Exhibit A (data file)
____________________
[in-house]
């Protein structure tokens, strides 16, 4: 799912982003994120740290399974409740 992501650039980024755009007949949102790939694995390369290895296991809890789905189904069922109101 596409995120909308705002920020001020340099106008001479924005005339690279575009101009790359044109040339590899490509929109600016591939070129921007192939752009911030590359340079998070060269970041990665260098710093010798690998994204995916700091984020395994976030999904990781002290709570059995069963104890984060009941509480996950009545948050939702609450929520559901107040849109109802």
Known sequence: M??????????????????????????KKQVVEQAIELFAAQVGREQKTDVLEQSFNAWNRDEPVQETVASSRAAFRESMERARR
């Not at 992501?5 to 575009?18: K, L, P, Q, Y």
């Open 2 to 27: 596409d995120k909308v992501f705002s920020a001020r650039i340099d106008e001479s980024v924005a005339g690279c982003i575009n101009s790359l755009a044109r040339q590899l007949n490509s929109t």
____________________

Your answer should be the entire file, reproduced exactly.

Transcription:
[in-house]
């Protein structure tokens, strides 16, 4: 799912982003994120740290399974409740 992501650039980024755009007949949102790939694995390369290895296991809890789905189904069922109101 596409995120909308705002920020001020340099106008001479924005005339690279575009101009790359044109040339590899490509929109600016591939070129921007192939752009911030590359340079998070060269970041990665260098710093010798690998994204995916700091984020395994976030999904990781002290709570059995069963104890984060009941509480996950009545948050939702609450929520559901107040849109109802």
Known sequence: M??????????????????????????KKQVVEQAIELFAAQVGREQKTDVLEQSFNAWNRDEPVQETVASSRAAFRESMERARR
């Not at 992501?5 to 575009?18: K, L, P, Q, Y």
């Open 2 to 27: 596409d995120k909308v992501f705002s920020a001020r650039i340099d106008e001479s980024v924005a005339g690279c982003i575009n101009s790359l755009a044109r040339q590899l007949n490509s929109t």